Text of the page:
Checking the history of a printer to see what was printed can be somewhat difficult to monitor. As your toner level doesn’t convey how much the accessory has been used, you’ll need to enable logging within Windows 10. Here’s how.
Enable Logging for Recently Printed Documents
By default, your printed document history will be wiped after each document has finished printing. You can change this setting to enable you to see a list of your recently printed documents from the print queue for your printer.
You’ll need to change this setting for each printer you have installed.
Access Your Print Queue
To access your print queue, right-click the Windows Start menu button and select the “Settings” option. From here, click Devices > Printers & Scanners.
Find your printer in the “Printers & Scanners” list, click on it, and then click “Open Queue” to open the print queue.
Your printer queue with current and queued printed items will be listed. Documents you’ve previously printed will not be shown, which is why you’ll need to enable logging.
Enable Printer History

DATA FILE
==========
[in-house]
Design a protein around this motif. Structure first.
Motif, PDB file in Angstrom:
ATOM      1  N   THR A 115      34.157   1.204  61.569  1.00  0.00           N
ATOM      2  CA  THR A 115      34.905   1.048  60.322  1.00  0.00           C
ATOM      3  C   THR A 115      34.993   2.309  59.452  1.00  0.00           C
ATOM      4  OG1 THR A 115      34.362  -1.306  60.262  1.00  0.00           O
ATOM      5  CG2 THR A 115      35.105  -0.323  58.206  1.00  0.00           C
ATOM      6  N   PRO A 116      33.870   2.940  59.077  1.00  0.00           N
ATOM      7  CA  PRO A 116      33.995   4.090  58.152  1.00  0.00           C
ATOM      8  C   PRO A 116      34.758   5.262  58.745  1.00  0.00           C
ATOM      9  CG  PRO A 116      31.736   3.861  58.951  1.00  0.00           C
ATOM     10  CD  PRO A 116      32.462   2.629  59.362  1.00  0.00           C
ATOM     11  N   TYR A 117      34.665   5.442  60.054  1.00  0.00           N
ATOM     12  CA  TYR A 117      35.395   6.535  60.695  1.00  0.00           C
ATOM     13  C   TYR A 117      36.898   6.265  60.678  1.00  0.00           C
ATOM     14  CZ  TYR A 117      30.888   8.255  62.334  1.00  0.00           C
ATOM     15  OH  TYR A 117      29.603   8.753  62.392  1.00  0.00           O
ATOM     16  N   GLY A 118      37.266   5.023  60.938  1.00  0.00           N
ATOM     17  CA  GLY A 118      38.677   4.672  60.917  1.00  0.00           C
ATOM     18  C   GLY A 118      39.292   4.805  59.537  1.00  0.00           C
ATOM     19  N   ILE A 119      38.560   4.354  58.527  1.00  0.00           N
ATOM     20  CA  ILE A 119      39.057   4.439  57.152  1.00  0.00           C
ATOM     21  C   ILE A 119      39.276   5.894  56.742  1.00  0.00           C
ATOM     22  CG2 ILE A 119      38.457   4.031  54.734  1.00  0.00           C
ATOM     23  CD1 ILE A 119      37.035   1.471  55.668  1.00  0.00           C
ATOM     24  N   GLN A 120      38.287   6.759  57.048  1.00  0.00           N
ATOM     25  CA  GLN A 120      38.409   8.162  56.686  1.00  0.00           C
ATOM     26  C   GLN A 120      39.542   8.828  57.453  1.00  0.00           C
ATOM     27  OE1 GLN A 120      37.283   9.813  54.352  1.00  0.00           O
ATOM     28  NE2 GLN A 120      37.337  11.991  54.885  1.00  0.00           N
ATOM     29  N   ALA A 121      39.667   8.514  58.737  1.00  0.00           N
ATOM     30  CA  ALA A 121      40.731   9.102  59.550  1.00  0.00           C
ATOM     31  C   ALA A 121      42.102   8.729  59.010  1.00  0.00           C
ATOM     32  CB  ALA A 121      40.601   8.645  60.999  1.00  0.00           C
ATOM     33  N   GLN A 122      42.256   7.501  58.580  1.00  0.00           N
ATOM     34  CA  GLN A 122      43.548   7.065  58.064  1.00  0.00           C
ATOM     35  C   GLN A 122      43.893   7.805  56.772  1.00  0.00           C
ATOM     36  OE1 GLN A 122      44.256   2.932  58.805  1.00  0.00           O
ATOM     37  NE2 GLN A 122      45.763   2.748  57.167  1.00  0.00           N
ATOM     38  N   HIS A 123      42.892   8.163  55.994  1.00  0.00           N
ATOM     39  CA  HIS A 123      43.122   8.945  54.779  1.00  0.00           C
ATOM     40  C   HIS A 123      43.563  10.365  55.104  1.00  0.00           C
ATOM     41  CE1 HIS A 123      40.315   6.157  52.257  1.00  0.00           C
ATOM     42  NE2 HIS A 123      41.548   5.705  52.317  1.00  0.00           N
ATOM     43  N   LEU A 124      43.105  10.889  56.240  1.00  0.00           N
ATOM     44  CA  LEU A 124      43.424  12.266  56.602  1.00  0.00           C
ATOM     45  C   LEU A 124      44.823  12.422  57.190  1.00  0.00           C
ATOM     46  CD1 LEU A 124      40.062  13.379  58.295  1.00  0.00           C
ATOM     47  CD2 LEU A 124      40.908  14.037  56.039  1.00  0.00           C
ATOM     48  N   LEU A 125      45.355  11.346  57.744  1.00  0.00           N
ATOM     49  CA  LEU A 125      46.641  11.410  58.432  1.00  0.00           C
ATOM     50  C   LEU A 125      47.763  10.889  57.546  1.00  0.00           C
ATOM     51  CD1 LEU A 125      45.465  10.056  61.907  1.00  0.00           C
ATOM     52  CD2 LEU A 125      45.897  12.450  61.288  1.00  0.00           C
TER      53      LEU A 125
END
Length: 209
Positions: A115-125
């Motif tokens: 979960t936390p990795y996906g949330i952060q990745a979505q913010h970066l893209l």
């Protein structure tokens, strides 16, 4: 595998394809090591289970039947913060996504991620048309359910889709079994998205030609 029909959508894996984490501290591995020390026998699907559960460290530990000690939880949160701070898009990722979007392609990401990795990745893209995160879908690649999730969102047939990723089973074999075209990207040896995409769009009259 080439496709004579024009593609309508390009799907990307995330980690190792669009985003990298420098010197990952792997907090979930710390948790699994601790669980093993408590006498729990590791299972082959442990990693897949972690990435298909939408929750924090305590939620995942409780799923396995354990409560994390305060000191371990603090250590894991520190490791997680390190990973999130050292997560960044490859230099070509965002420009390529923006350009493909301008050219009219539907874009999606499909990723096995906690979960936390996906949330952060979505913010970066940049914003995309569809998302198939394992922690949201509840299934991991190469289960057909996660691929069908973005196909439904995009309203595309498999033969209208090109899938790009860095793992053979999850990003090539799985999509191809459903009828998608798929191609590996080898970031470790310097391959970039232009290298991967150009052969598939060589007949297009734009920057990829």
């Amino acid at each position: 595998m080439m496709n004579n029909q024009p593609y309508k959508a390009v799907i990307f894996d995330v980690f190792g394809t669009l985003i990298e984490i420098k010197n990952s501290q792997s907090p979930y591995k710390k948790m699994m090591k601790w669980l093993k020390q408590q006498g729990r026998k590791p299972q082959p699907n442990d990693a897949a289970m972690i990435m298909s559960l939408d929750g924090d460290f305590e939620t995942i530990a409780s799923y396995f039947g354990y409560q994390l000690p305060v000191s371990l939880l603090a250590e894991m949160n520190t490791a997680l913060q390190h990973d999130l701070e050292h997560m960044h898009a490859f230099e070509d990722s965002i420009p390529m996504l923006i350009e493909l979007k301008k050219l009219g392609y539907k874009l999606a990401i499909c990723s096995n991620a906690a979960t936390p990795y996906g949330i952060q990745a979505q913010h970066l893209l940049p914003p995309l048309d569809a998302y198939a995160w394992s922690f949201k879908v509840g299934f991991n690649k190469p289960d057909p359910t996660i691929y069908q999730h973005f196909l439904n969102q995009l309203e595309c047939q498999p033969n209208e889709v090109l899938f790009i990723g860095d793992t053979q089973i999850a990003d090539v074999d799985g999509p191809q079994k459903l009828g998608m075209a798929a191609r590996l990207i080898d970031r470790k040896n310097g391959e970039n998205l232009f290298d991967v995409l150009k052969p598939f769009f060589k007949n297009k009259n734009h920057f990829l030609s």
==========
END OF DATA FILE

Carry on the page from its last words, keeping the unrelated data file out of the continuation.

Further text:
In the print queue window for your printer, click Printer > Properties. Alternatively, select your printer and click “Manage” in the “Printers & Scanners” settings menu.
In your printer properties, click on the “Advanced” tab and then select the “Keep Printed Documents” checkbox.
Click “OK” to save your settings.
Once your document history is enabled, your documents will no longer disappear from your print queue after the printing process has completed.
Enable Long-Term Print History
The print queue will provide a short-term overview of your previously printed documents. If you want to view a long-term list, you’ll need to use the Windows Event Viewer.
To start, right-click your Windows Start menu button and click the “Event Viewer” option.
The Event Viewer will allow you to view a list of previously printed files, but you’ll need to set Windows to begin logging your long-term printer history first.
Enable Print History in Event Viewer
In the Windows Event Viewer, click Applications and Services Logs > Microsoft > Windows in the “Event Viewer (Local)” menu on the left.
This will reveal a significant number of Windows services. Scroll down to find the “PrintService” category.
From here, right-click the “Operational” log and then click the “Properties” button.
Click to enable the “Enable Logging” checkbox and then set a maximum size for the log. The larger the size, the longer Windows will record your printed document history.